Usually every quarter one has to provide records of their income so their benefits could be adjusted more or less. I remember one instance when my mom and dad where on food stamps. There was one-quarter where my dad made an extra $30 because he had to stay at work due to his relief coming in late. Due to earning that extra $30 for that quarter, which equates to $10 per month, our benefits were cut by more than $125!

These are the issues that people who live below the poverty line have to deal with. If they have to choose to work at a job that pays a high minimum wage, it could cost them their housing voucher, medical, or food assistance they receive. If that happens, the extra income they would make at a job that is paying a high minimum wage would all but be erased and some might even find themselves going into the hole. If I had to choose between losing those things or working at a job that pays me a high minimum wage, guess what I’m not going to go look for a job, nor will I try very hard to find one. So these programs are there to give a hand up to those in need who find themselves trapped in these programs. This lack of foresight about the consequences of a higher minimum wage is my biggest concern about the $15 minimum wage.

Sometimes government has good intentions which we see here with the $15 minimum wage. However, government almost never seems to think about the consequences of those good intentions. If a city wants to raise the minimum wage, it must think about all of the consequences of that policy. Having a higher wage does not always equate to one having more discretionary income to spend as I have shown above. If a city wants to enact a high minimum wage it must also change other government policies that the homeless and poor rely on to get by from day-to-day. Raising the minimum wage is not the end of an economic debate but a beginning of the process which I believe must be worked out before a higher minimum wage is even passed.

 

Robert J. Garrison is a political and religious writer for The Systems Scientist

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8 thoughts on “Government doesn’t consider $15 minimum wage consequences”

  1. It’s so tiring to always hear the same argument :-(. This argument is now at least 2 centuries old, and that’s not hyperbole. Pay people a living wage and the world as we know it will end!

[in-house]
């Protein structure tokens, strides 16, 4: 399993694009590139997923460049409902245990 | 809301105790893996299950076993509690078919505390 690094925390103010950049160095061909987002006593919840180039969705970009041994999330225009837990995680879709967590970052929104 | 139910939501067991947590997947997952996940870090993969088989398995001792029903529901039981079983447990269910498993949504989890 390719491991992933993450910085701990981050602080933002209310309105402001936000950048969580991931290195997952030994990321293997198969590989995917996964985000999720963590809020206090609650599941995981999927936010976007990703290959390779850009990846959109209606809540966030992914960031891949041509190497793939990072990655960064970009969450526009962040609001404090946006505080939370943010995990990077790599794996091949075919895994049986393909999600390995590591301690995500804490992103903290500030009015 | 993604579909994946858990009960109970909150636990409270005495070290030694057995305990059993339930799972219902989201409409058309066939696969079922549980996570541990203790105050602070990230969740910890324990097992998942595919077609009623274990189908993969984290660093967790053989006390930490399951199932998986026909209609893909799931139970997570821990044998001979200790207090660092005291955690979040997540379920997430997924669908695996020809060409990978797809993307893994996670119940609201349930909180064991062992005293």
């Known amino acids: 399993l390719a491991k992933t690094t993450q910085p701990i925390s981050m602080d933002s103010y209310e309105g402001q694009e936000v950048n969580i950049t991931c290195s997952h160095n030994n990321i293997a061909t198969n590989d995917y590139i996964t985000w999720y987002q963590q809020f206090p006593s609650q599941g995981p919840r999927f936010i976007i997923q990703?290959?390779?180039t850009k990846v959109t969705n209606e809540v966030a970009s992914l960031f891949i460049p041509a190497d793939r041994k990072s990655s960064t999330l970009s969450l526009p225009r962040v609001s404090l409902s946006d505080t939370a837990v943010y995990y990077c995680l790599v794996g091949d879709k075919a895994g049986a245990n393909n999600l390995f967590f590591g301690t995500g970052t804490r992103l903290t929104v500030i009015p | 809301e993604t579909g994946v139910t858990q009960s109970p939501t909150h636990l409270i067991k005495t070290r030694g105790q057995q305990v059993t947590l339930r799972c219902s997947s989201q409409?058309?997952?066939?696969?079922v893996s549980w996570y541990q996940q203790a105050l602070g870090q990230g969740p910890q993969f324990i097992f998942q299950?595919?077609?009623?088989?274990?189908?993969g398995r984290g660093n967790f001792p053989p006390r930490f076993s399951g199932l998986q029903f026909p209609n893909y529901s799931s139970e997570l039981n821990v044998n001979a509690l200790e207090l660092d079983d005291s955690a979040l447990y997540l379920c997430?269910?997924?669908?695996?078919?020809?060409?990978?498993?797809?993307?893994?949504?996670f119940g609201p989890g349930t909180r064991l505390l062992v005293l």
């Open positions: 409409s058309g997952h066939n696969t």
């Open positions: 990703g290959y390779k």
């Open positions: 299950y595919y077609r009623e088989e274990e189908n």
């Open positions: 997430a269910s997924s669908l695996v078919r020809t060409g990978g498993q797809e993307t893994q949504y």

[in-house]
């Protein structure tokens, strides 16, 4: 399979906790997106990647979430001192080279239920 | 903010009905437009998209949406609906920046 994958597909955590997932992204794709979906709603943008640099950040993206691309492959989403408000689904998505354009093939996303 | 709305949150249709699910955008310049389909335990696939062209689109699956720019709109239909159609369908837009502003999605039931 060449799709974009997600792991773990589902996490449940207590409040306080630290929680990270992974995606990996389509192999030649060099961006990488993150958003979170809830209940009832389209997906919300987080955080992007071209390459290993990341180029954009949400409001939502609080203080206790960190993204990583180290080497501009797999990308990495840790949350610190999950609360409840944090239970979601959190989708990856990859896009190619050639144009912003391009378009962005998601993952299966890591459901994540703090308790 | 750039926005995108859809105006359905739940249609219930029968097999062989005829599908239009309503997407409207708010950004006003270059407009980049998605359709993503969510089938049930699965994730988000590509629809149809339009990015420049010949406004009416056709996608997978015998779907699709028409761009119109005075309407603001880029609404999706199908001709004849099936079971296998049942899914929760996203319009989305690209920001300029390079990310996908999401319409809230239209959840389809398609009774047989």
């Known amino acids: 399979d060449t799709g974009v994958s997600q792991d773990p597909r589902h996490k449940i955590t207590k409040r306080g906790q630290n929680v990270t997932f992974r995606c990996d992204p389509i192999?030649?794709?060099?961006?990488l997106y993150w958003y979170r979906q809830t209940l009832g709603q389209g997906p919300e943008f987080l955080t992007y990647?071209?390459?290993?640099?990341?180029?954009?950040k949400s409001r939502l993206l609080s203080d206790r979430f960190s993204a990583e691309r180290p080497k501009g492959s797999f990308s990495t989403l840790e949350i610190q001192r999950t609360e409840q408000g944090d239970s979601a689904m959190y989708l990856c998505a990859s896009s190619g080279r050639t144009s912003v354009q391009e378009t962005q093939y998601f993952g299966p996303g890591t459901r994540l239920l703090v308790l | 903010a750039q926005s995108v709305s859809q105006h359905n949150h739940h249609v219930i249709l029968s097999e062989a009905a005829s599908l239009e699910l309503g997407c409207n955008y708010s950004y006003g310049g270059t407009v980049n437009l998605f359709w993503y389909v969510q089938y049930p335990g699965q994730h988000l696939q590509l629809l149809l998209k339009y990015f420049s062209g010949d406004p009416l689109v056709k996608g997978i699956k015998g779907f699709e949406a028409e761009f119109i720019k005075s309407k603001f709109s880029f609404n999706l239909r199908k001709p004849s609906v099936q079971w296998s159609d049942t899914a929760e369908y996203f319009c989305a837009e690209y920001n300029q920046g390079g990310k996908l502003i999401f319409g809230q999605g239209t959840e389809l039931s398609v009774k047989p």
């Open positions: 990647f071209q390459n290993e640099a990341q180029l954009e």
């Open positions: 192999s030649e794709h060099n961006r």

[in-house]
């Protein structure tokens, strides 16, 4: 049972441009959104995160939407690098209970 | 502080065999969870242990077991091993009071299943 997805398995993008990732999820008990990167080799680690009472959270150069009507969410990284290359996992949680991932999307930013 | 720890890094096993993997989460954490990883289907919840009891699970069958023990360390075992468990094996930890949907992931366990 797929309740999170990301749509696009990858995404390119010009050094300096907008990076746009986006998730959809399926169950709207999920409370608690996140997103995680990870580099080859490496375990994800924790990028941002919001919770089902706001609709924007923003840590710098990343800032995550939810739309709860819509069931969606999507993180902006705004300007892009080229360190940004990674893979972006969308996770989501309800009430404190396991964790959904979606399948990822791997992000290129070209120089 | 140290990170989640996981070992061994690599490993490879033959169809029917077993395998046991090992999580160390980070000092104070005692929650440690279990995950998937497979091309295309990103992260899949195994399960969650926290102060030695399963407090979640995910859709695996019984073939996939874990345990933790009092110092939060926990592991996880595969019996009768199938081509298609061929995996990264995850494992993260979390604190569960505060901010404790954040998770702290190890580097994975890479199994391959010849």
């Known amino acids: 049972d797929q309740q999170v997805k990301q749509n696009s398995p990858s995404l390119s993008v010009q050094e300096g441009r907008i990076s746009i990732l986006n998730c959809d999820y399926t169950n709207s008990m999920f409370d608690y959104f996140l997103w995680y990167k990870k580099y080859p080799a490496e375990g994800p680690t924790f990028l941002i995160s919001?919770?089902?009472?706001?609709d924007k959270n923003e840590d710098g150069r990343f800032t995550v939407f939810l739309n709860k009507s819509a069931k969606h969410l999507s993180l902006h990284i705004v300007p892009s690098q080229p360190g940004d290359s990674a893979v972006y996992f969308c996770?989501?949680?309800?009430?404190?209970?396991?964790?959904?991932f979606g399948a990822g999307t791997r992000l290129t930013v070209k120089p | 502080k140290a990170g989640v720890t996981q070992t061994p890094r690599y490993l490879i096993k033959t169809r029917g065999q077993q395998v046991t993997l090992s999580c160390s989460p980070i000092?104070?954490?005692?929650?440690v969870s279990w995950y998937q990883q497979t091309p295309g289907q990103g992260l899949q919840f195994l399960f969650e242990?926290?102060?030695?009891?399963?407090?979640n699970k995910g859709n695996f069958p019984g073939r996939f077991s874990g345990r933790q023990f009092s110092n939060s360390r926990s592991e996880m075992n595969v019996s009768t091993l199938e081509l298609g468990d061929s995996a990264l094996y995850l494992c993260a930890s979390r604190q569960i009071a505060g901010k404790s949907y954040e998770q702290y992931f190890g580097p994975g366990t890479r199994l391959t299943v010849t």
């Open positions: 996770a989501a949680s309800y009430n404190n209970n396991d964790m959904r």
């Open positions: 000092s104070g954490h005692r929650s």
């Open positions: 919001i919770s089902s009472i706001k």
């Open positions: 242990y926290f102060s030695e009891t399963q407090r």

If wages had kept up with inflation minimum wage would be $22.x something today.

    If people make $15 dollars an hour, they’ll be able to work one job, instead of two or three to make ends meet.

    When people make more money they will also spend that money. They are the jobs creators: their income is your revenue.

    Conversely, you can replace as many workers as you can by automated systems and invent new ways to do that. Yay you! You’ve reduced the costs of your business, and so has everyone else. You should be so happy, right?

    The question is not: how many workers can I replace with new technology? That’s only trivially important to a business. The real question is: how many customers can I replace? Because that automatic till is no doubt going to be buying 10 McDonald’s meals a day, is it not?

    I’m in a giving mood today, I’ll put it in simple words, and, I’ll type slowly so you can understand:

    The economy is for people, the people are not there for the economy. The people need money in a mass-production society, so that they can mass-purchase products. If the people are not allowed to partake in the economy, they’ll sidestep the economy and make their own systems. Replacing workers with automatons is not going to help you get more customers, in fact it’s going to end up costing customers because now people aren’t even allowed to make minimum wage anymore.

    Here’s another argument for your enjoyment: at no point have you heard that the spectacular rewards CEOs are awarding themselves with, even if the business is hurting, are detrimental to the growth of the company. It’s only when the hoi polloi stand to make a teensy bit more money that the economy goes to DEFCON 1. Bankers ruining the world economy to the tune of multiple trillion dollars at a time, wiping out decades of gains in a few short months, not a problem. Give them $90 billion dollars worth of bonuses, paid for with bailout money (paid for by the clods). That is NEVER a problem, it’s always ok. But: give the dirty faces a tip and a half, now we’re in real trouble. Now we’re heading straight for the iceberg.

    Paying $15 Dollars/hour is going to hamstring small businesses and ruin the economy! Jesus. H. Fucking Christ. Please read: The Van Paemel Family. (Cyriel Buysse – 1903).

    The more things change, the more they stay the same.

    Like

    1. My whole thing is that this $15 min wage is a knee jerk response …and anytime govt does a knee jerk response they don’t address or think about the other things that the law affects or the people.